CAMERON — In children’s books, farms have lush, rolling green hills dappled with crisp blue ponds and dotted with bright red barns. Cowboys ride horses from one open pasture to the next and livestock is not confined in small pens.
That idealized scenery is present at 44 Farms. The pristine Cameron establishment could put any storybook farm to shame.
The nationally recognized Angus genetics and branded beef business began as a small family farm at the beginning of the 20th century.
“44 Farms was started by my great-grandparents on this same land,” owner Bob McClaren said. “They were primarily cotton farmers back in those days, but they also had some cattle. They filed for a brand in 1909, and it was the number 44. They never branded their cattle with anything but that.”
Why the number 44?
“After over a century, I still don’t know the story,” McClaren said with a laugh. “All I know is they filed for the brand and it’s been listed in the Milam County office ever since.”
Time passed and the farm was split up among descendants. Some continued to farm and some focused on ranching. McClaren’s grandfather was one of the ranchers.
McClaren’s father left the farm and raised his family in Grand Prairie, but McClaren always loved visiting his grandfather’s farm.
“Farmers and ranchers are the original conservationists,” he said as he thought about his grandfather.
McClaren worked as a lawyer for 10 years and was president of the Houston Astros from 1992 to 2003, but he never stopped thinking about the farm and its potential.
A new business model
McClaren began working on the 44 Farms genetic program in the late 1990s and it became the focus of the business in 2000, he said. McClaren purchased back most of the original land that belonged to his great-grandparents, and then some.
The 44 Farms headquarters currently sits on about 2,000 acres.
“Our core business is great Angus genetics,” McClaren said. “We sell those genetics in the form of registered Angus bulls and females, embryos and semen. If you’re a rancher and you have 500 cows and really want to improve the quality of your offspring, you’d ideally artificially inseminate those 500 females with the very best bloodlines.”
44 Farms hosts an on-site bull sale every October and February. Between 700 and 800 people attend and they sell about 500 bulls at each auction. One bull sells for about $6,500 to $8,000.
The bulls are all under the age of two and before the day of the auction prospective buyers receive a catalog containing detailed information about each bull for sale.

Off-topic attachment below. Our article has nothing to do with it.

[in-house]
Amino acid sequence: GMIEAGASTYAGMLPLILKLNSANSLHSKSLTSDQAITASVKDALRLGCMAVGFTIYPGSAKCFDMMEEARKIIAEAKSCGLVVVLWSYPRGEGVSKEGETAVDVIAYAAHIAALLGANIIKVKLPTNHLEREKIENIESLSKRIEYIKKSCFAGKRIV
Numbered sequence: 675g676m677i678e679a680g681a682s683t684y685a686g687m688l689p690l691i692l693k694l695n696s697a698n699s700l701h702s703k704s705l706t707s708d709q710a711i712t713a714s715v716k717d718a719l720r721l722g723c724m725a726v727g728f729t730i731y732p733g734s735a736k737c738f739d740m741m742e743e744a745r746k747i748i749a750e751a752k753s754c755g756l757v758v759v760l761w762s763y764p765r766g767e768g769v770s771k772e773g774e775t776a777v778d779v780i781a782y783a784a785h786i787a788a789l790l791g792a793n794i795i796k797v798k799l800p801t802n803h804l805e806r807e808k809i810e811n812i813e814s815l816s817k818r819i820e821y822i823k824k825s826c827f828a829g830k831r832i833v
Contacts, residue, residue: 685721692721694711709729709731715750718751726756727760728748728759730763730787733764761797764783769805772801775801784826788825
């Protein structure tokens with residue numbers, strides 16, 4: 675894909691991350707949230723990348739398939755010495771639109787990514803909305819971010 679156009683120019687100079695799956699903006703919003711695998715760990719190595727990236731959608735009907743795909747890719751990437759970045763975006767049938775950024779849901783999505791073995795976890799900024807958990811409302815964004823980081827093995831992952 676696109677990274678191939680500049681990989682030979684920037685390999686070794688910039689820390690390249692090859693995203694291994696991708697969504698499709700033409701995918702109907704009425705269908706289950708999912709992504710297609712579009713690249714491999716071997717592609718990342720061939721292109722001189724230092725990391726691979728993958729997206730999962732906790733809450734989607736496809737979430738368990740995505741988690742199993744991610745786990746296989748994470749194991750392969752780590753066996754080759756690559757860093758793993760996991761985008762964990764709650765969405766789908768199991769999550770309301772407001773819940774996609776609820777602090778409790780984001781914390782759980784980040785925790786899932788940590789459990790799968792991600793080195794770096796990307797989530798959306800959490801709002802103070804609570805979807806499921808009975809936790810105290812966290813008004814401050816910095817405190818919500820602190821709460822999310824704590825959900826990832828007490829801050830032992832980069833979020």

“The purchased bulls will go all over the country and breed for other ranchers,” McClaren said. “Out of the 50 states, over 35 are represented at every sale. The only state we haven’t sold cattle to is Alaska.”
Yes, they’ve even sold bulls that went to Hawaii.
Bulls typically live 10 to 13 years, although some make it to age 20. Females live for 12 to 15 years, also with a few exceptions. They can be bred as early as 14 months and have a gestation period of nine months.
“When a cow is born someone goes to the pasture to check on it at least twice a day,” McClaren said. “The day they’re born they get a tag with a number that goes into our computer system. Anytime anything happens to them — they get immunization shots or need doctoring — it goes into the system. As they mature, we’ll know if they were able to conceive every year, who their calves were and who bought those calves.”
The baby cattle stay with their mothers about seven months before being weaned.
“We do that in a very kind and gentle way around here,” McClaren said. “Then we separate the bulls from the females and put them into small groups of 50 to 75 in various pastures. They have lots of grass and lots of room to run and play. They stay in those groups until they’re sold at our sale.”
A modern farm
Many of the pastures at 44 Farms have airy and modern structures on the land.
“We try to put different working facilities everywhere for the safety of the cattle and the cowboys,” McClaren said. “That’s a big deal to me and all of us. For example, there’s a hospital, so if an animal has a hurt leg or something, we can bring it there to rest and heal and other cattle won’t mess with it.”
About 20 people work for 44 Farms. About nine staff members work at the headquarters in Cameron and there is a sales team for the branded beef program located in Houston.
McClaren said about 65 percent of their business comes from the genetics program and 35 percent comes from branded beef sales.
The branded beef program started about five years ago and sells meat to 285 corporate buyers — such as restaurant, hotel and yacht companies and food distributors — and to individuals simply looking for a quality dinner.
Signature beef sales rise
Last summer, 44 Farms purchased and renovated a 120-year-old building in Cameron that serves as their online distribution center. A person can order steak, ribs, beef jerky and other products via 44farms.com and have it shipped to anywhere in the country in dry ice.